NEARLY 50 YEARS AGO, Congress passed the Occupational Safety and Health Act, promising every worker the right to a safe job.

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Unions and our allies have fought hard to make that promise a reality—winning protections that have made jobs safer and saved lives. But our work is not done. Each year, thousands of workers are killed and millions more suffer injury or illness because of their jobs. After years of struggle, we won new rules to protect workers from deadly silica dust and beryllium, a stronger coal dust standard for miners and stronger anti-retaliation protections for workers who report job injuries. These hard-won gains are being threatened. The Trump administration has carried out an all out assault on regulations, targeting job safety rules on beryllium, mine examinations, injury reporting and child labor protections. The labor movement and allies have fought back and blocked some of these attacks.

However, this assault has taken a toll—key protections have been repealed or rolled back, and agency budgets and staff have been cut. The number of OSHA inspectors has never been lower. There has been no action on critical safety and health problems like workplace violence, silica in mining and exposure to toxic chemicals.

With the Democrats now in the majority in the House of Representatives, we have new opportunities to oppose these anti-worker attacks, hold the Trump administration accountable and push forward to win stronger worker protections. On April 28, the unions of the AFL-CIO observe Workers Memorial Day to remember those who have suffered and died on the job, and to renew the fight for safe jobs. This year we will come together to call for action on hazards that cause unnecessary injury, illness and death. We will stand united against the ongoing attacks on workers’ rights and protections, and demand that elected officials put workers’ well-being above corporate interests. We will fight for the right of every worker to a safe job until that promise is fulfilled. – AFL-CIO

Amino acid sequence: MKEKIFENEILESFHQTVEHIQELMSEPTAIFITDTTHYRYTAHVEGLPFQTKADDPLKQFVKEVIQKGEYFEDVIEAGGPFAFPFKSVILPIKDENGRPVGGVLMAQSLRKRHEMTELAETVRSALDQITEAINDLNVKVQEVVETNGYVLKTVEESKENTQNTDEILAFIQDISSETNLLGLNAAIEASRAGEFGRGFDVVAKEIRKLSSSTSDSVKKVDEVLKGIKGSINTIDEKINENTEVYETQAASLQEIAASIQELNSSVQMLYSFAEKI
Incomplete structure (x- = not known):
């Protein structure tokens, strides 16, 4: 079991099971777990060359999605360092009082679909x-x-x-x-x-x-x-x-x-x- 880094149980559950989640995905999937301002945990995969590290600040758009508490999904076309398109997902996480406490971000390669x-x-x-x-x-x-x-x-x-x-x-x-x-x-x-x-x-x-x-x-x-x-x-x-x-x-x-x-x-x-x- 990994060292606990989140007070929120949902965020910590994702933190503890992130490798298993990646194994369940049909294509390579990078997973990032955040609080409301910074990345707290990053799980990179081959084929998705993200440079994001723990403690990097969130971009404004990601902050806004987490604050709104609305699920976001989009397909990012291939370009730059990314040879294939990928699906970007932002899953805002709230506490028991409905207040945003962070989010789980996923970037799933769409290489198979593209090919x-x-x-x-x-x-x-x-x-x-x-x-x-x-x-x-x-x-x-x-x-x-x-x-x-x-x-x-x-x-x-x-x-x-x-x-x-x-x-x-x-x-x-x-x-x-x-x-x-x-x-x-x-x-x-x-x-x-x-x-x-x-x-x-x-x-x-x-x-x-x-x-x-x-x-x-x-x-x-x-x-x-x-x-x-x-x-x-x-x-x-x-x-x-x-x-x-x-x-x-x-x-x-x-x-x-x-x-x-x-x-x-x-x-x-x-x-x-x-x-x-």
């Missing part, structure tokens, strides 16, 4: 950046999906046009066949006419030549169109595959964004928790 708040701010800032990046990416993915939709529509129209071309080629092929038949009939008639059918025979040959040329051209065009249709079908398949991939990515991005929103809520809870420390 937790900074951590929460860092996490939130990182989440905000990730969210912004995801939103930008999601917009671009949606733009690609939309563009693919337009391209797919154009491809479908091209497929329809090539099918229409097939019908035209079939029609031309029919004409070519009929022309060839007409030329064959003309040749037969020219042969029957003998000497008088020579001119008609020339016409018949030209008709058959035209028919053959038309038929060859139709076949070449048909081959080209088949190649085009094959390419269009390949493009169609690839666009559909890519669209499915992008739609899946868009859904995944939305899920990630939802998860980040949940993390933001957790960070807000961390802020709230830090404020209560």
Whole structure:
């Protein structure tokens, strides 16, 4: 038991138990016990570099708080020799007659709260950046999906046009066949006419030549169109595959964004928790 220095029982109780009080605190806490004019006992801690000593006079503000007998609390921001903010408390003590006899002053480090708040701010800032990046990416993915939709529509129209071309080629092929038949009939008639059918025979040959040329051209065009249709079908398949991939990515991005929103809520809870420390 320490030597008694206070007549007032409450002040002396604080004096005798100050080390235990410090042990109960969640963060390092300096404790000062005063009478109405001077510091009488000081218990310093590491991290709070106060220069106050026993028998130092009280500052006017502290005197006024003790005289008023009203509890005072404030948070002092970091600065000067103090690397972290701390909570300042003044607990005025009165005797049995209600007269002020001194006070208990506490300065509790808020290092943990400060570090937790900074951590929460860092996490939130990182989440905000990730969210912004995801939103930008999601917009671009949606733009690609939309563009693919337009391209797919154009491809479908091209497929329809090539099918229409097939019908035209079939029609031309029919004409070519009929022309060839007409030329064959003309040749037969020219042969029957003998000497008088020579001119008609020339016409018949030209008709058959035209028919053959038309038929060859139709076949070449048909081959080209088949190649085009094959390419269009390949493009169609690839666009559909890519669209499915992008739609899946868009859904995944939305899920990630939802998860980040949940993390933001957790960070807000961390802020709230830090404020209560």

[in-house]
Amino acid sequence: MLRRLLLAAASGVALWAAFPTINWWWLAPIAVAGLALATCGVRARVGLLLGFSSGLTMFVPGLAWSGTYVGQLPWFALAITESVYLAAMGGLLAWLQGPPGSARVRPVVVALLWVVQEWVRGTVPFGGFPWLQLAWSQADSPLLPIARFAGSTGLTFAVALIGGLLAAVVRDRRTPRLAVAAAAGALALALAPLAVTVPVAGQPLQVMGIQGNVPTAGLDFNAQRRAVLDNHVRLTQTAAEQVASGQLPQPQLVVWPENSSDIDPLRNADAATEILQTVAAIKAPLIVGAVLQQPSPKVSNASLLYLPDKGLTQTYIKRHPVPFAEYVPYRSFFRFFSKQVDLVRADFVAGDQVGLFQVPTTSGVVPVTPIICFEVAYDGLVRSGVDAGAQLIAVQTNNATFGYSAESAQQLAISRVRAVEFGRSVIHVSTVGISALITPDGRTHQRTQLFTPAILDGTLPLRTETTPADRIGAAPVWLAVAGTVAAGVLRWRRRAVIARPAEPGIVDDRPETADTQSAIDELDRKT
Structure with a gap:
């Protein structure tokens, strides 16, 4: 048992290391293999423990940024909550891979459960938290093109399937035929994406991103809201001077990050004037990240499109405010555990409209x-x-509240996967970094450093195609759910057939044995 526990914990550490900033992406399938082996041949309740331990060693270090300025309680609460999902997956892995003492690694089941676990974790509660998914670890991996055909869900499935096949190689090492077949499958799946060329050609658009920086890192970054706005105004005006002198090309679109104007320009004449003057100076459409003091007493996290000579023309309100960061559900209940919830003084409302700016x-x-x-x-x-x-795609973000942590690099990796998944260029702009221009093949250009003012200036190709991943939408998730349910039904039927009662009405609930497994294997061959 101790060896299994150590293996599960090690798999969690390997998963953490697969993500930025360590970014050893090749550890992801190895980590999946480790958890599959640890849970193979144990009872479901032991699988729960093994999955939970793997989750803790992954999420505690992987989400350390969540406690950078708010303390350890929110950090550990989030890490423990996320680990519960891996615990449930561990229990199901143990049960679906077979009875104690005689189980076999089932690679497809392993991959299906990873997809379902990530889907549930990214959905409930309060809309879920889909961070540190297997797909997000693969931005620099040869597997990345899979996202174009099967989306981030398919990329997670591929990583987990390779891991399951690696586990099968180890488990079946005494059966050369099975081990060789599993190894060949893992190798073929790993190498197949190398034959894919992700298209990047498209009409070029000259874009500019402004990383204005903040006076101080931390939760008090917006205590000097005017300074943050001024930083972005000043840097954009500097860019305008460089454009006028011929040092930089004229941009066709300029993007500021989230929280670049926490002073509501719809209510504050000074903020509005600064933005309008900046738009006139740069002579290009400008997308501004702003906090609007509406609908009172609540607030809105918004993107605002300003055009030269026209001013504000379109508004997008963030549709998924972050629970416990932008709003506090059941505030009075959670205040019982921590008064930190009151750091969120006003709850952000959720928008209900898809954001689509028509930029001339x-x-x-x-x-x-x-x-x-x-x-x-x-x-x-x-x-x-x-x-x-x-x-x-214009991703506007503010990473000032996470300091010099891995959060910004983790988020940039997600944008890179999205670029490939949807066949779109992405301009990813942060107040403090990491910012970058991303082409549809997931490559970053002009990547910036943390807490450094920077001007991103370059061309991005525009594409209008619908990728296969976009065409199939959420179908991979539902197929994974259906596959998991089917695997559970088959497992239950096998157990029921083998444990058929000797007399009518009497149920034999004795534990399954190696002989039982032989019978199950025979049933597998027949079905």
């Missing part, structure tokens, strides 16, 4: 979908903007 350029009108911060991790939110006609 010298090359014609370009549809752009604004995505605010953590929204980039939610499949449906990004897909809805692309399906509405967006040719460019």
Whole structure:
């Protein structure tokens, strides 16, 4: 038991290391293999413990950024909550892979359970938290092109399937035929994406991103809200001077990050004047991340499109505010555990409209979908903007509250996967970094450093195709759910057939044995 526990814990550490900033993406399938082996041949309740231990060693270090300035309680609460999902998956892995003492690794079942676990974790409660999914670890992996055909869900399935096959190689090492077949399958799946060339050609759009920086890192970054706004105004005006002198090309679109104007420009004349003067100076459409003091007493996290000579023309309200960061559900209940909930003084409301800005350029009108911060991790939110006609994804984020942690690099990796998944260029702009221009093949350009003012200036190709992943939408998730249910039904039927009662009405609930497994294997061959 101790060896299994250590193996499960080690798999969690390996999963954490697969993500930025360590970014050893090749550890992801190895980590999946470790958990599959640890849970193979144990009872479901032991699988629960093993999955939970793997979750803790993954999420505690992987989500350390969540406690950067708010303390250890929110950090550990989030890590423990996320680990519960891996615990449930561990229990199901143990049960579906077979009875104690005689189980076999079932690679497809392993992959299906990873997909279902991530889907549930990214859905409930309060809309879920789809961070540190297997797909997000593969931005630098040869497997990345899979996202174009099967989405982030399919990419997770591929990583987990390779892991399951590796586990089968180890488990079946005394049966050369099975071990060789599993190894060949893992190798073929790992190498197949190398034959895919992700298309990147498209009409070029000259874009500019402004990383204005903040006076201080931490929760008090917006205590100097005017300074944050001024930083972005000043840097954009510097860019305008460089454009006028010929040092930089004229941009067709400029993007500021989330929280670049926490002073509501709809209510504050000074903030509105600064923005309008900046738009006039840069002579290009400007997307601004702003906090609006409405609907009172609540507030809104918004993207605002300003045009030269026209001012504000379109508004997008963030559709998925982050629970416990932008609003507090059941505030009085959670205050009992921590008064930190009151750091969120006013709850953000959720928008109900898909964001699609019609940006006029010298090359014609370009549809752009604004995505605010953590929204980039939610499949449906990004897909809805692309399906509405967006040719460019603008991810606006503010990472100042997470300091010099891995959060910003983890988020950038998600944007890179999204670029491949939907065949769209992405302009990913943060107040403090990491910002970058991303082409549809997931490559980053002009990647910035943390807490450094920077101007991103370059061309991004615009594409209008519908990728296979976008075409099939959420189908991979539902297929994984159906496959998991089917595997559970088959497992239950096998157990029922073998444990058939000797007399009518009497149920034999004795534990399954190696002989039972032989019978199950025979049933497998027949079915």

Apprenticeship Program's Save Lives

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In the past few years, death’s on non-union construction sites continue to increase. 2017 saw 20 people die on construction sites and saw a 55% increase in total on the job deaths. By October of 2018 accidents and injuries had already outpaced the 2017 numbers and the year ended up as the deadliest year in the last decade for construction workers. These accidents not only affect the worker's health and safety, but these accidents often endanger residents who live near unsafe projects.

To save money, contractors often use unskilled and untrained personnel to work in dangerous situations that affect their well-being and the health and safety of unsuspecting citizens passing by.

Construction accidents not only cost lives, but they are expensive as well. When accidents happen, the cost is passed onto emergency services provided by the local municipality which include police, fire, and rescue. When insurance premiums rise on building sites, these costs get passed onto the builder, tenant, and eventually the taxpayer.

There is a way that we can prevent these accidents and these deaths. Registered and certified New York State Apprentice Programs provide well educated skilled labor, certified to safely meet the demanding needs of the construction industry. Their goal is to provide workers with the knowledge to work safely, bring a job in under budget and ahead of schedule and be an asset to the contractor’s success. Apprenticeship programs require safety training that not only gives new construction workers the knowledge of the right and safe way to do things, but it also gives them the ability to speak up when a job site is not making safety a priority.

On Long Island, the Towns of Babylon, Brookhaven, Huntington, Oyster Bay, North Hempstead, Hempstead, and Smithtown have Apprenticeship Programs for its residents in place. Islip Town does not.

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